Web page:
But when Jesus was confronted with these outdated laws[2] he rebuked the Pharisees for focusing on trivial things (like how to wash a pot, et al) and forgetting the important things. He said it wasn't what a person ate that made them unclean, but how they acted. And what is Jesus most central teaching about how we should behave? That we should love one and other, including our enemies. That we should take care of each other, even if we disagree[3].

Another test of tolerance [1] is whether a person has a permissive attitude towards others or prefers to force them into a lifesyle 'for their own good.' The intolerant seem to think it is their venue to stop others from living in a way that does not live up to their dogma, but that is not what Jesus said. Jesus taught that we were not meant to shun or despise others or to persecute them for their actions. Even if their actions negatively affected us we were to forgive them without resistance[4] and love them anyway. Jesus specifically said that we were to love those with whom we disagreed or that who had wronged us, because "Even a bad man loves his friends."[5]

Forcefully proclaiming how the world should act based on their interpretation of the Bible is not in accordance with the words of Jesus. One of the most egregious displays of intolerance, picketing the funerals of fallen soldiers because they do not agree with the lifestyles that others choose, is most definitely not in accordance with Jesus' words. This type of grandstanding is anathema to Jesus, based on his words. He said that acting out in public like that, proclaiming one's faith in public or declaring that one represents the moral authority of God, is hypocritical. He said that people who do that have their reward[6].

To instead store up reward in heaven, apostles are charged to be like the lillies of the field[7] meaning roughly they should not sweat the small stuff. God will take care of it. It is not the place of man to judge man, but rather to focus on being the best person one can be. According to Jesus, the energy it takes to be intolerant of others takes away from the energy one should be using to focus on being a better person[8].

Christianity might be a good thing if anyone ever tried it.” ~George Bernard Shaw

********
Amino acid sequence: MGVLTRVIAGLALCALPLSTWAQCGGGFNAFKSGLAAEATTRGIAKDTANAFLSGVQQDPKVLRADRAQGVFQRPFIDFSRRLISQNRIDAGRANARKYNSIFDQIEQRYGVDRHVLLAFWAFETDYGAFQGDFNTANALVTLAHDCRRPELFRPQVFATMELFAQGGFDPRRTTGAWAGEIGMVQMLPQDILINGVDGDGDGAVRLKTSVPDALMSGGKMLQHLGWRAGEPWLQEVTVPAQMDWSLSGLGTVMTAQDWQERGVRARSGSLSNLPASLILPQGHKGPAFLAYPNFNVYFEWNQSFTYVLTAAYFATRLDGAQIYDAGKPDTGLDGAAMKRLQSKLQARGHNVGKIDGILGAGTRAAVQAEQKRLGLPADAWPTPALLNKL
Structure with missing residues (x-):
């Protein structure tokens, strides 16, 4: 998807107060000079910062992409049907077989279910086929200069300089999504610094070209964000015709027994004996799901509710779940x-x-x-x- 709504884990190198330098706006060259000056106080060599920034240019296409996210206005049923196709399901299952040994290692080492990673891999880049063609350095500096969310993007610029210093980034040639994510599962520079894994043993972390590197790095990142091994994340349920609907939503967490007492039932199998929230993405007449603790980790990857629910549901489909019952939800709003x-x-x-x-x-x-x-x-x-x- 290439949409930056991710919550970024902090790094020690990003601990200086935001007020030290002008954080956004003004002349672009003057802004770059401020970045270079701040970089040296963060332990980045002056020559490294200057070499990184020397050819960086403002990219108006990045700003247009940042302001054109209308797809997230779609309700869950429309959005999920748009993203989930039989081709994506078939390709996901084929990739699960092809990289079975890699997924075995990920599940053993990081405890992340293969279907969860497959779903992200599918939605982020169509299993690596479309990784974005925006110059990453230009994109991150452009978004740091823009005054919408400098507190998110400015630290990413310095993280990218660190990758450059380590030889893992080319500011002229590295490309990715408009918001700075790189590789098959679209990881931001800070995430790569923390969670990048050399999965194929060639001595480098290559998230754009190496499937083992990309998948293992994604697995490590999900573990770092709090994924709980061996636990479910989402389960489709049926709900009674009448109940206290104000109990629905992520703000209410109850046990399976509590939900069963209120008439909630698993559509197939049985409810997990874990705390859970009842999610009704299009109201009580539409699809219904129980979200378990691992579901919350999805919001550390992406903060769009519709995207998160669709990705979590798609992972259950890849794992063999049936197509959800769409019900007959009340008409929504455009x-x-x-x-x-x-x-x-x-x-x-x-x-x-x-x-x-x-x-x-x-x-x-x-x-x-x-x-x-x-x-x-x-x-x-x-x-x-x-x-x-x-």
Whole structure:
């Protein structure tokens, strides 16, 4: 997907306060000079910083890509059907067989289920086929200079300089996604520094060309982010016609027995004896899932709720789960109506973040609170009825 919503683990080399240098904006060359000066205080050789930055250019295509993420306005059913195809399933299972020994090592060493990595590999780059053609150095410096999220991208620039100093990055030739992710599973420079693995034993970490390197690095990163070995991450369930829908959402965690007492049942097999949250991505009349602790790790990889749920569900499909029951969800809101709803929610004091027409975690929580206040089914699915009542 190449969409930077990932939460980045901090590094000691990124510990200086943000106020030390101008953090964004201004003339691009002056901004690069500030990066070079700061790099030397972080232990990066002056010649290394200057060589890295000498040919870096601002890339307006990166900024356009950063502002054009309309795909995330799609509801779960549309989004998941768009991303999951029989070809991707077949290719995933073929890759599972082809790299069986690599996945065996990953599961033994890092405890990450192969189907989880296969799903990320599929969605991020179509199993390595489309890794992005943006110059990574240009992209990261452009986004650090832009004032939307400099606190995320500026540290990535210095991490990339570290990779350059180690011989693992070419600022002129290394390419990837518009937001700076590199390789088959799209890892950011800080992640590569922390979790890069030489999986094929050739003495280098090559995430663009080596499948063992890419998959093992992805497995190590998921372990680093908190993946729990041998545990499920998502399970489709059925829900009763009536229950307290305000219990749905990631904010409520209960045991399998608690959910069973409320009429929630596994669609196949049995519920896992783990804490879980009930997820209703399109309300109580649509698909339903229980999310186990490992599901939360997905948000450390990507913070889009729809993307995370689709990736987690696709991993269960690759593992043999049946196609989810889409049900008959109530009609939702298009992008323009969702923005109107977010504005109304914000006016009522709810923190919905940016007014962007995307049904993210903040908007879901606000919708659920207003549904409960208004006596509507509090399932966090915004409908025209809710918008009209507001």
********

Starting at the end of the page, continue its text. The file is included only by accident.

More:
[1] Definition of tolerance from round one.
[2] Mark 7
[3] Luke 10:30-37
[4] Matthew 5:39-42
[5] Matthew 5:44-48
[6] Mathew 6:5-8
[7] Matthew 7:3-5


My Initial Arguments: Jesus did not preach tolerance. Below are all the commands of Christ. I have unpacked the commands that often get misquoted for the context of tolerance-

    • Repent—Matthew 4:17

    • Follow Me—Matthew 4:19

    • Rejoice—Matthew 5:12

    • Let Your Light Shine—Matthew 5:16

    • Honor God’s Law—Matthew 5:17–18

    • Be Reconciled—Matthew 5:24–25

    • Do Not Commit Adultery—Matthew 5:29–30

    • Keep Your Word—Matthew 5:37

    • Go the Second Mile—Matthew 5:38–42

    • Love Your Enemies—Matthew 5:44 (Does not teach tolerance, but love. They are still an enemy.)

    • Be Perfect—Matthew 5:48

    • Practice Secret Disciplines—Matthew 6:1–18

    • Lay Up Treasures—Matthew 6:19–21

    • Seek God’s Kingdom—Matthew 6:33

    • Judge Not—Matthew 7:1 (Does not teach Tolerance, but humility. See Romans 2)

    • Do Not Cast Pearls—Matthew 7:6 ( The opposite of tolerance. Keep what is holy as holy. Don't just give it to the faithless (referd to as swine and dogs).)

    • Ask, Seek, and Knock—Matthew 7:7–8

    • Do Unto Others—Matthew 7:12 (Not tolerance. Patience and temperance.
      Tolerance teaches that I leave you alone. Patience teaches that I persue out of love and mercy
      for as long as it takes.)

    • Choose the Narrow Way—Matthew 7:13–14

    • Beware of False Prophets—Matthew 7:15

    • Pray For Laborers—Matthew 9:38

    • Be Wise as Serpents—Matthew 10:16